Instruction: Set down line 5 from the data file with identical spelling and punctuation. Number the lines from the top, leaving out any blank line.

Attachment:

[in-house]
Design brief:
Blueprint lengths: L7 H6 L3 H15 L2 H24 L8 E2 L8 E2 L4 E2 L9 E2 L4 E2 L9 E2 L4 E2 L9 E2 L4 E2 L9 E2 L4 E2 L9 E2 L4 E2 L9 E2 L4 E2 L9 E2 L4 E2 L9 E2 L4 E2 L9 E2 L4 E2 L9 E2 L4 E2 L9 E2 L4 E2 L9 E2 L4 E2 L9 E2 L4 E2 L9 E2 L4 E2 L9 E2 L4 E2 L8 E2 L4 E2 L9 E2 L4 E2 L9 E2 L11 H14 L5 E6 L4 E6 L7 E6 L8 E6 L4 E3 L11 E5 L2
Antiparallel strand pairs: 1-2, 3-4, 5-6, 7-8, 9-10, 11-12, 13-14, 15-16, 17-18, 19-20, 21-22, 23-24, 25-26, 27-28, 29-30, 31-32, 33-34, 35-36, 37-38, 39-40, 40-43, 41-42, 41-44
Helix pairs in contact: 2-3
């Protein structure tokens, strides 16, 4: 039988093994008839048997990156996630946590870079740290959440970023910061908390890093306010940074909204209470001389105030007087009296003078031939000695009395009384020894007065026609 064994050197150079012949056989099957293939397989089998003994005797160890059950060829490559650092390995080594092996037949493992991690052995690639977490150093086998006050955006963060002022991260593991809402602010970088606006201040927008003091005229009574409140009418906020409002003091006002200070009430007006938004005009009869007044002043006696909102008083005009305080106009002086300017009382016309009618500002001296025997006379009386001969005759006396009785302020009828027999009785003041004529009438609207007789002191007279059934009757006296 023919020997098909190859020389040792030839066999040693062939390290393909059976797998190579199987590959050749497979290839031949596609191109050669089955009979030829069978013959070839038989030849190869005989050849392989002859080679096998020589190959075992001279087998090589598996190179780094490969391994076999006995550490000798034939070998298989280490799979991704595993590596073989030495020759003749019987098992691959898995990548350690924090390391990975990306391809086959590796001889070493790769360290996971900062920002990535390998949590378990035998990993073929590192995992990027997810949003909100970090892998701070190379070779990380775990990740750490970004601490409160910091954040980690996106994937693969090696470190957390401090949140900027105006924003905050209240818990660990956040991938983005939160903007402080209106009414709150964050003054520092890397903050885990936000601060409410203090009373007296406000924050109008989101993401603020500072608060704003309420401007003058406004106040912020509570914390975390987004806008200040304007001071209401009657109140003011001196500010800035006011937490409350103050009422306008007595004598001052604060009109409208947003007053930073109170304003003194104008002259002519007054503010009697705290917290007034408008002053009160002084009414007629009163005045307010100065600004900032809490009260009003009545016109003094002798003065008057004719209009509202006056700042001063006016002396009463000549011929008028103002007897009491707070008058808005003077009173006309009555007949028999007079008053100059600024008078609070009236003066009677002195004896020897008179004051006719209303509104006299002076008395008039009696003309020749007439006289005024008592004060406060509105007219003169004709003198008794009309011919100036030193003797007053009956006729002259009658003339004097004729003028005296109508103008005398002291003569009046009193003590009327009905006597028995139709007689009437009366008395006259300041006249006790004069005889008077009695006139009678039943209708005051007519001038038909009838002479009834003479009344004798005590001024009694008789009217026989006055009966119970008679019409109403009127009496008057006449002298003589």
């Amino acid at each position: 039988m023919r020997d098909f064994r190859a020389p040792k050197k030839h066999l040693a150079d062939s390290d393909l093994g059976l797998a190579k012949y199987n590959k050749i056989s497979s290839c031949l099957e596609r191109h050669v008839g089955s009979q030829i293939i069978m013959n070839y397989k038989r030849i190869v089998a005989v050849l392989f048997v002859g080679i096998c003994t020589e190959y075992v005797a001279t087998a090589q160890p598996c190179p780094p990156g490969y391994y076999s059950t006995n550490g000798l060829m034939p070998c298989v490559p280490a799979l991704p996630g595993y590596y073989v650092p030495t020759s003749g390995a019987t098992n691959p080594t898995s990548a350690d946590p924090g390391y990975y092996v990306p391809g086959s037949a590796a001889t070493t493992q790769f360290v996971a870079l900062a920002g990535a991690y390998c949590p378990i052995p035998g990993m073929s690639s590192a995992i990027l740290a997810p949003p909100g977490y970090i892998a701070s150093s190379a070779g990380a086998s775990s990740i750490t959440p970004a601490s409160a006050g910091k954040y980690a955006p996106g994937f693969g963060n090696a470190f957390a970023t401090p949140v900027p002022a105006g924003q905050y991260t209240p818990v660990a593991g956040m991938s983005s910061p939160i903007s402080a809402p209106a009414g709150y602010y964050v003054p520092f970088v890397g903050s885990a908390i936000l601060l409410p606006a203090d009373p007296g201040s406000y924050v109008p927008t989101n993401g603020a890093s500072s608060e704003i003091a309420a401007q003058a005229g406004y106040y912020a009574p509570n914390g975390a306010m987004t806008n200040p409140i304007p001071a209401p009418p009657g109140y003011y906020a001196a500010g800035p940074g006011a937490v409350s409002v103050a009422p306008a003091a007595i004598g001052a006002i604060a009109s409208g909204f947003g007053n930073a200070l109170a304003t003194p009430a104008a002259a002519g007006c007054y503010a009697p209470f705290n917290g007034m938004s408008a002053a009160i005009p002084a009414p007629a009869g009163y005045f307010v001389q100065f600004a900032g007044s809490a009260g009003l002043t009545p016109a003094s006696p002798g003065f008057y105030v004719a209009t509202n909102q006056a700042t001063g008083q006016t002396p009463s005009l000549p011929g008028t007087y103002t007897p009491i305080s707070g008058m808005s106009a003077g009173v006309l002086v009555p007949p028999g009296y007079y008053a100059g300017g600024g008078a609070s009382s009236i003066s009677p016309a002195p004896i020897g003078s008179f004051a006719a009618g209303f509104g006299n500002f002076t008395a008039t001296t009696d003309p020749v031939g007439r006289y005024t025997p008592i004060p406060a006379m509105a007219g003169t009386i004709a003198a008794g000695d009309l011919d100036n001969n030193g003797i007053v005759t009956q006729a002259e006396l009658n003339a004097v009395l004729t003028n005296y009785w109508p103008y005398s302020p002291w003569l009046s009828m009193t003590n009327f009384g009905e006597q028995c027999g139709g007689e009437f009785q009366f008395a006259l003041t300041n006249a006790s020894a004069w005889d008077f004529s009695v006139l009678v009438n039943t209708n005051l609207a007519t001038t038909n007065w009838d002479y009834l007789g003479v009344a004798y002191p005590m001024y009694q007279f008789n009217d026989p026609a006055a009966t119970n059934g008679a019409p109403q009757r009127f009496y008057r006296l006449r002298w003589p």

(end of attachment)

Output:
Helix pairs in contact: 2-3